The Berger Collection

Edward Lear (1812-1888)
Civita Castellana, 1844
Oil on canvas
Signed and dated, E. Lear. Roma. 1844.
14 x 21 3/4 in. (36 x 55.2 cm)

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Edward Lear first traveled to Italy in 1837. Settling in Rome, he remained there for the next ten years, using it as a base for travels around the Mediterranean. He painted Civita Castellana during this period. It depicts a view of the ancient Roman town of that name, about forty miles north of Rome, with its namesake castle rising in the middle distance and Mount Soratte dominating the horizon. In the foreground is the Ponte Clementino, the eighteenth-century bridge across the Rio Maggiore. Civita Castellana is typical of the landscapes that wealthy tourists acquired as mementos of their travels. It captures the hazy heat of Italy and evokes the open spaces of the Roman campagna.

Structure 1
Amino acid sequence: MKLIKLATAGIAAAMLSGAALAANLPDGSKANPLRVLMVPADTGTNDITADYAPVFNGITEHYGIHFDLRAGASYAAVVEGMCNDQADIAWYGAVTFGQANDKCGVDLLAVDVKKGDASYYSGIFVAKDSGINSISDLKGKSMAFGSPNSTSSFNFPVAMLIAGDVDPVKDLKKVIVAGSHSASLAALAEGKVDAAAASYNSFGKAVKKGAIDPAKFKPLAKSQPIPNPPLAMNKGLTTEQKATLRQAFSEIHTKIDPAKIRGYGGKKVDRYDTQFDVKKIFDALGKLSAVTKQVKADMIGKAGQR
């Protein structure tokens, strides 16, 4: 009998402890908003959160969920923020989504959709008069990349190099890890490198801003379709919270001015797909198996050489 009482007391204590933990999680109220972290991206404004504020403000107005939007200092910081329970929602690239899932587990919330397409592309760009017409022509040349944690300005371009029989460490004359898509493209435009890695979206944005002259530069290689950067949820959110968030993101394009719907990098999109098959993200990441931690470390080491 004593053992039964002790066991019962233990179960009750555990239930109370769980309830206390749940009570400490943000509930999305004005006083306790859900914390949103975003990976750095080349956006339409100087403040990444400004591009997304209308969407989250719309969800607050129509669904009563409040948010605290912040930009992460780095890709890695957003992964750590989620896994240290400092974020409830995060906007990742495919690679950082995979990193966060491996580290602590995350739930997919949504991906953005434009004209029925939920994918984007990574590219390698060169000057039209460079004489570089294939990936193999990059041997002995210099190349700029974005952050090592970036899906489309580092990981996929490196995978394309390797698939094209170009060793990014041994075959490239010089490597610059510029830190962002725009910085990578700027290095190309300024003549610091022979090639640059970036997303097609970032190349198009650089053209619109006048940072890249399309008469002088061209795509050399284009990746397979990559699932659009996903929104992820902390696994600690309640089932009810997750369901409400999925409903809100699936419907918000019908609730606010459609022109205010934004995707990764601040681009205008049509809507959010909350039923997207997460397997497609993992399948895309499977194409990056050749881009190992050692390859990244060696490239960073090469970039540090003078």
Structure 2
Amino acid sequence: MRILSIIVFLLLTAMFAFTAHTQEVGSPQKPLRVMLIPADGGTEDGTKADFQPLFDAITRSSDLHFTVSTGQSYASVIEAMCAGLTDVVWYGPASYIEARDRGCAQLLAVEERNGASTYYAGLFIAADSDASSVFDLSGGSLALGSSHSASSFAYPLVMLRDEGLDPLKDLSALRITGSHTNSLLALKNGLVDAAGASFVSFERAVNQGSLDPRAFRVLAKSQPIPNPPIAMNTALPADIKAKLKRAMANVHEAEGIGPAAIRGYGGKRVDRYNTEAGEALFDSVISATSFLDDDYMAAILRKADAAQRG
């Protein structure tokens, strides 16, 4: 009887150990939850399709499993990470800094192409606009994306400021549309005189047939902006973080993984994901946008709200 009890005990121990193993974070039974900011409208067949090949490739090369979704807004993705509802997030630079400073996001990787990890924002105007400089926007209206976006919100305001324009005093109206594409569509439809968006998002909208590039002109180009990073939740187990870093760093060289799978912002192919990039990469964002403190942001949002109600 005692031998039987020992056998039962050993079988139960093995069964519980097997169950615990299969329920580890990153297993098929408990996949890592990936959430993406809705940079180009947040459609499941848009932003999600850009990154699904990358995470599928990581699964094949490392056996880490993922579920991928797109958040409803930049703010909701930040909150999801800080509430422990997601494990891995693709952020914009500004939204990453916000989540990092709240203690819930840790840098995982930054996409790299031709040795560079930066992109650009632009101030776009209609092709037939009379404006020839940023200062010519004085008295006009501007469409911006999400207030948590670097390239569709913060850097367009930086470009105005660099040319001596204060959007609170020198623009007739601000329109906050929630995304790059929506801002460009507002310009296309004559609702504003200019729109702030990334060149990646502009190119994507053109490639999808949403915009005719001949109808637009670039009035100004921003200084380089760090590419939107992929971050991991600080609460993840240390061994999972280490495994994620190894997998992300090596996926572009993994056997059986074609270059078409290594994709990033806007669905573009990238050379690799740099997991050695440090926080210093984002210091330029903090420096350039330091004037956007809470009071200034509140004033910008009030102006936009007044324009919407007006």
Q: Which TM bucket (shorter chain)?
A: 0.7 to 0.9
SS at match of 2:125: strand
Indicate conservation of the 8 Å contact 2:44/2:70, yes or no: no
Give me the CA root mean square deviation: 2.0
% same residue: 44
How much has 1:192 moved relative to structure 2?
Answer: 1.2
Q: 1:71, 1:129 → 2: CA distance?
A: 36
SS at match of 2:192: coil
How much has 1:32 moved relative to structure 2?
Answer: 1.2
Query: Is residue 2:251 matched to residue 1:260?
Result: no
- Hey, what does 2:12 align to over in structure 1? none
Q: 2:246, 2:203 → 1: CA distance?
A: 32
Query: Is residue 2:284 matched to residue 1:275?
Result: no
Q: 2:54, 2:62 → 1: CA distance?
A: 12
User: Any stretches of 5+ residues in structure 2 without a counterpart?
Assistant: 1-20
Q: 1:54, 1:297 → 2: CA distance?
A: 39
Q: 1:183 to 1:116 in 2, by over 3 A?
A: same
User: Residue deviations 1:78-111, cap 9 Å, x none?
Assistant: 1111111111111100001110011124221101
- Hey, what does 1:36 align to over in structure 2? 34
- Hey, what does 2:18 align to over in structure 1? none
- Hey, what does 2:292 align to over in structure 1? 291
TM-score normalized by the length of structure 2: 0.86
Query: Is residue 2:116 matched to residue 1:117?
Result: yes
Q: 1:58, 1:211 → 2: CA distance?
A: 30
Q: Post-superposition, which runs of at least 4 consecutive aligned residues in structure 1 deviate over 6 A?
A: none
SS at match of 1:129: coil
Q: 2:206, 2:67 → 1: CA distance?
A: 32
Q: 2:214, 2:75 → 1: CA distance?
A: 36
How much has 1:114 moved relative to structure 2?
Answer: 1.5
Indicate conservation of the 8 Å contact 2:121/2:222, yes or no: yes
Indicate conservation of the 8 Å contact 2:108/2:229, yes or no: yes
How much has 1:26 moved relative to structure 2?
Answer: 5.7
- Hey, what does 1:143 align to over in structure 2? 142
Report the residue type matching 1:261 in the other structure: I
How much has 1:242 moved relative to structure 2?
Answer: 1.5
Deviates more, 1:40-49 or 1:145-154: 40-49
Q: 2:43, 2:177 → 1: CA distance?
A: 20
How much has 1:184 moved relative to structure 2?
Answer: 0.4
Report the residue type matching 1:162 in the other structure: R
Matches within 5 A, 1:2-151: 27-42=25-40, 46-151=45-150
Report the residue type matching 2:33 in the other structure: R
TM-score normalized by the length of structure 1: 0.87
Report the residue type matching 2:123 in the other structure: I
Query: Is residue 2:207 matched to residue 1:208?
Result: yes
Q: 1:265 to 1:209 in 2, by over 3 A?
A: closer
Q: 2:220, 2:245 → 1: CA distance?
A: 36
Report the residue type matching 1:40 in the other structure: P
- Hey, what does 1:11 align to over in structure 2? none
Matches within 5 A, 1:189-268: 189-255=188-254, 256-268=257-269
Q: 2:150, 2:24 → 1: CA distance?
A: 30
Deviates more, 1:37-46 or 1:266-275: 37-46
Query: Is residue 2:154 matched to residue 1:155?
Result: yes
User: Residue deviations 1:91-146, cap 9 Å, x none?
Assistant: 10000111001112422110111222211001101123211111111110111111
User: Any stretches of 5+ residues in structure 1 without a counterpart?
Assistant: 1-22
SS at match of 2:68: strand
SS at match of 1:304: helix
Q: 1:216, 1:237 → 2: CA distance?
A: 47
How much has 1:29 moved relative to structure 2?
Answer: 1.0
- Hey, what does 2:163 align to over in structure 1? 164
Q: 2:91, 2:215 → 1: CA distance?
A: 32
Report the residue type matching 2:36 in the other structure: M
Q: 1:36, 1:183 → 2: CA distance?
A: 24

Sir Philip Shelbourne, executor’s sale; Christie’s, London, November 4, 1994, lot 93; Sotheby’s, London, July 9, 1997, lot 94.


Exhibited: Fine Art Society, London, Edward Lear Centenary Exhibition, June 1988, no. 11169.

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